But I found limitations in data performance. Though the Conjr showed the "4G LTE" signal much of the time, it dipped down to "H" (or 3.5G) more often than other phones I've tested recently. Data speeds were mediocre at best. Media-heavy social networks such as Facebook, Twitter, and Instagram were sometimes a bit sluggish. Streaming media such as Spotify and YouTube over cellular was fraught with stuttering, buffering, and drops. You'll do well to know where WiFi is located if you plan to watch videos.


The Conjr is pretty good at making phone calls. The earpiece delivers enough volume for use in and around your home or office, as well as noisier spaces such as coffee shops and city streets. You will need to keep the volume set up all the way up most of the time. Call clarity was surprisingly good. Voices in the earpiece were free of distortion and had a warm timbre. People I spoke to through the Conjr said I sounded good.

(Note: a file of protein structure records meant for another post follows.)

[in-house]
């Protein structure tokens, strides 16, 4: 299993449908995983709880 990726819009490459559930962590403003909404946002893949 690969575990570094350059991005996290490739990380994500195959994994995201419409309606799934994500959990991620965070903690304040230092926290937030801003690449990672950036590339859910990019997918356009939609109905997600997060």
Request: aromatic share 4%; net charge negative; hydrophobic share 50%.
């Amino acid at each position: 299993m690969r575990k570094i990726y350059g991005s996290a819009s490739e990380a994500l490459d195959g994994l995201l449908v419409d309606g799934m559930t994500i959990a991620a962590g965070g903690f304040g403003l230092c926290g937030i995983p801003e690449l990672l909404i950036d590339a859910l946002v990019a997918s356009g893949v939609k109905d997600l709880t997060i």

The speakerphone is rather quiet. Since the speaker is on the back, you'll get the best results by laying the phone down on a hard, flat surface. I found my hand often muffled the speakerphone when holding the phone. Clarity via the speakerphone is decent, but introduces a bit of snap, crackle, and pop from time to time.

Music, ringers, and alerts aren't quite loud enough for my tastes, but the vibrate alert is pretty good.


The phone contains a 2,500 mAh battery and it will push from breakfast to bedtime... most of the time. As always, I tested the phone with brightness set at 50% and all the radios on. I used the phone heavily and spent lots of time streaming Spotify and watching YouTube (via WiFi). On the majority of days the Conjr made it to 11pm with 10-15% power left, but on several occasions it was bottoming out closer to 10pm. I was hoping for a bit better.